The Last Day of Hospital

Today was officially the last day of hospital. I was doing the dreaded postnatal checks (which I have done usually on Saturday, and those were busy as ever), so imagine my surprise when I went in today to find only 9 postnatal discharges (I have usually had to do 14- 18, with many ward call jobs as well in between).

By 12 noon, I had managed to see all my patients. Best day ever I must say. It has never happened before, and I am so glad that it happened on my last day of hospital.

Even the PAOU (pregnancy assessment and observation unit) was “quiet”, so they didn’t really need the help I offered them. So, I ended up spending 5 hours doing something productive like reading up stuff on medicare (prior to my orientation tomorrow), and some stuff on hypertension.

Also, today was a really nice day. Last few days have been muggy days with 33 degree temperatures. Today was a nice 27 degrees. Very pleasant.

Looking back at my 3 years in hospital, I can say that I’ve come a fair way. But being in training as of tomorrow, I have even more to go. Hospital time was stressful at times, but I can certainly say that I have learned a lot from it, and I am grateful to my patients, to my colleagues and the to the registrars and consultants who gave me great support and educational opportunities.

Before I left the hospital, I posted some internal mail to “Human Resources” with my ID badge, parking card and a letter written on a progress note.

“Dear Human Resources,

Please find enclosed my ID badge and car parking card.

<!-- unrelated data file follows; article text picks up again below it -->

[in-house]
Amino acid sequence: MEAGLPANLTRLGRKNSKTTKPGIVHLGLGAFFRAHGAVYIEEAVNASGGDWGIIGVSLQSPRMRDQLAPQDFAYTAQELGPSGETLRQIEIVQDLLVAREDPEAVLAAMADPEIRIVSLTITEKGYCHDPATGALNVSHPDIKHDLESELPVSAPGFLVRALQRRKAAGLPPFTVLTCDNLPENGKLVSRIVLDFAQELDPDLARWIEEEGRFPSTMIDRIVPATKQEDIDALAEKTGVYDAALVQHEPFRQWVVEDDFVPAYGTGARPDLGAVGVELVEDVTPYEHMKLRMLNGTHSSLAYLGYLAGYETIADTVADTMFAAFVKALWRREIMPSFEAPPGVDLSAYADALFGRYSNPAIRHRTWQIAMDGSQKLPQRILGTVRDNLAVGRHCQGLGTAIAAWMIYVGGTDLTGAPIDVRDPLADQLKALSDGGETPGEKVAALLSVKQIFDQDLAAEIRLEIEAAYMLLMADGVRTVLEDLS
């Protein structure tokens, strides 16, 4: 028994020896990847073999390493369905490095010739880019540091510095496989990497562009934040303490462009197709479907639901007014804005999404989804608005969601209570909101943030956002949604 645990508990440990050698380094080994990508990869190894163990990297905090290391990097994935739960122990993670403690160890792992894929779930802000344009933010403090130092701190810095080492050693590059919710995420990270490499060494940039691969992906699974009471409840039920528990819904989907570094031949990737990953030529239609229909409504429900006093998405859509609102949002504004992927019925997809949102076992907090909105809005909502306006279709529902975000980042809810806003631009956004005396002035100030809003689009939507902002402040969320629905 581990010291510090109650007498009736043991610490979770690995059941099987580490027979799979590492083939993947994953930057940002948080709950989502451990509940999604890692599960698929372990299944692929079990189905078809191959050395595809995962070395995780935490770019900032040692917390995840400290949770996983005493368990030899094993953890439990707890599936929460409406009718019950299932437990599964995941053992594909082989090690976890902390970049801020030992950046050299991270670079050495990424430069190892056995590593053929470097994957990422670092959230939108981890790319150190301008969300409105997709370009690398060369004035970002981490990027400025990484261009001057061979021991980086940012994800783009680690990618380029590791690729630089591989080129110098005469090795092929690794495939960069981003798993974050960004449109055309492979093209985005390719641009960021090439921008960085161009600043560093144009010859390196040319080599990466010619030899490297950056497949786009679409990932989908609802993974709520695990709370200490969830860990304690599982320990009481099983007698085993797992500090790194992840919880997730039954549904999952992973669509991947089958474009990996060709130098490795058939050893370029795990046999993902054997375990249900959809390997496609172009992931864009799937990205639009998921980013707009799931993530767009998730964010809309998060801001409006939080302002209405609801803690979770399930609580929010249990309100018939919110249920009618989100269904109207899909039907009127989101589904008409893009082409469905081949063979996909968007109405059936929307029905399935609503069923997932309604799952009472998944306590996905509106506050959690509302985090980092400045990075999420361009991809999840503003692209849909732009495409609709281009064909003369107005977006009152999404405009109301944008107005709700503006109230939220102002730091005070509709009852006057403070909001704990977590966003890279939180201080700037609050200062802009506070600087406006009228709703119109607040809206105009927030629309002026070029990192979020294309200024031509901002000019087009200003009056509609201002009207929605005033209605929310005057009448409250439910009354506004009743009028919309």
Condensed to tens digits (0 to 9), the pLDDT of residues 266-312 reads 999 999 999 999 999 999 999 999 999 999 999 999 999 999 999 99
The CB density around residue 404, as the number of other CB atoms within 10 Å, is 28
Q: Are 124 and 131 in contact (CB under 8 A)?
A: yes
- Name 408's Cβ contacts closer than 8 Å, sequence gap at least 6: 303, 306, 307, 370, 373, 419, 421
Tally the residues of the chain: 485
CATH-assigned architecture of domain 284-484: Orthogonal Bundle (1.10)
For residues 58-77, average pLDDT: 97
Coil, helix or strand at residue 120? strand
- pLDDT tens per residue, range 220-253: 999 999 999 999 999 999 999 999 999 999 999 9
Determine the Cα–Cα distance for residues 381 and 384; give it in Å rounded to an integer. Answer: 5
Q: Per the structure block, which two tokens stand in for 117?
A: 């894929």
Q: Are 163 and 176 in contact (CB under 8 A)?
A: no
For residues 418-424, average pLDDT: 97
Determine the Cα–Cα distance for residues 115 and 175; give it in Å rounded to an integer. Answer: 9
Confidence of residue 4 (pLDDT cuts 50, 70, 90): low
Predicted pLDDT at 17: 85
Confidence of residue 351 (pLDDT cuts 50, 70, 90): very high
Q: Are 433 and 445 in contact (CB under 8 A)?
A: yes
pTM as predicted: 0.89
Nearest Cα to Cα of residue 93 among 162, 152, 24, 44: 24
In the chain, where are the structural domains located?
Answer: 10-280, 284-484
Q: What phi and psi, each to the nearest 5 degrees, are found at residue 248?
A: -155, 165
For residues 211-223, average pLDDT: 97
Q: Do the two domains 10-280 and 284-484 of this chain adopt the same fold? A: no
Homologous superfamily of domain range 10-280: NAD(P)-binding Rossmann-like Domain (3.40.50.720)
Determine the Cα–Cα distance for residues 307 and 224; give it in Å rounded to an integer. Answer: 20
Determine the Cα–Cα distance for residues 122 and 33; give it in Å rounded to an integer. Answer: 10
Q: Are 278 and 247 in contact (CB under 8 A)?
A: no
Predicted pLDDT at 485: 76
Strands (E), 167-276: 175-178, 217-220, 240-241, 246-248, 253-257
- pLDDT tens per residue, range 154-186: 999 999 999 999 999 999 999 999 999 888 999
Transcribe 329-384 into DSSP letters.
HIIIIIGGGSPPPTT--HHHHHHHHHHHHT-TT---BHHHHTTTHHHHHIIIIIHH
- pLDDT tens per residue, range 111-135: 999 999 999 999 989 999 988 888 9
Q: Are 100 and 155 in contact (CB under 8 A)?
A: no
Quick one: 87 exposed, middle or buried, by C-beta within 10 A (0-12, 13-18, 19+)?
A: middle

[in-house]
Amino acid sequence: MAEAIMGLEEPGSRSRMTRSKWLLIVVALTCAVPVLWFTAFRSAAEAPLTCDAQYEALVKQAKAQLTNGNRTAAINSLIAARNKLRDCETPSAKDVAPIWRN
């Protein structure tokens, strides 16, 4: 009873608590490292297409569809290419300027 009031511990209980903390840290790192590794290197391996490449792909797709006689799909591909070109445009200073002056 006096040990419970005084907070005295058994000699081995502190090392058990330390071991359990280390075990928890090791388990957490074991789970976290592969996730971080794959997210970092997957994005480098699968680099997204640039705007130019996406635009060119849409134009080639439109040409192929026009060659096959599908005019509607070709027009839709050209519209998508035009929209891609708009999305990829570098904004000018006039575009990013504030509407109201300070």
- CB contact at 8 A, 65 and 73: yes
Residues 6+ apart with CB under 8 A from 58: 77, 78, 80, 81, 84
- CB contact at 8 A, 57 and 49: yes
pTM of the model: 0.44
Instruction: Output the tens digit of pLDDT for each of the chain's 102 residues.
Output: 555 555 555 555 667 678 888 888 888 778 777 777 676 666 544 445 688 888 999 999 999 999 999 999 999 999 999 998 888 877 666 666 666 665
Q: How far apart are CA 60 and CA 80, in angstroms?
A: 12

I have had a wonderful time working here at the hospital.

Kind regards

The Placebo Effect

 

I dropped it off at the internal mails box, to never see my name badge ever again.

Leaving the hospital, I crossed the street, before deciding that I needed to take a photo of the hospital entrance, and so went back. Just like my last regional hospital, I don’t know when I’ll be passing the entrance again.

I race off to catch my bus, thinking that this is the last bus ride back home from the hospital. A nice finish to the day, and a nice finish to the last day in hospital. I need to pack my stuff up for tomorrow for… The start of orientation as a general practice registrar

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Last Week

Having spent close to 3 years in the hospital system, I have just one more week before I permanently leave.

General practice here I come!

But honestly, these past 3 years have been challenging, rewarding, and I must say I have come a fair way from being a medical student.

In 1 weeks time, I am no longer a resident anymore. I’ll be thrust into the world of general practice, where almost anything is fair game. I’ll be a registrar, and that means being thrown in the deep end.

One more week of obstetrics and gynaecology. I don’t think I’ll miss the postnatal checks, because they were very mundane. But I suppose I will miss scrubbing in for cases. Next week will be the last time probably I scrub in to assist an operation again.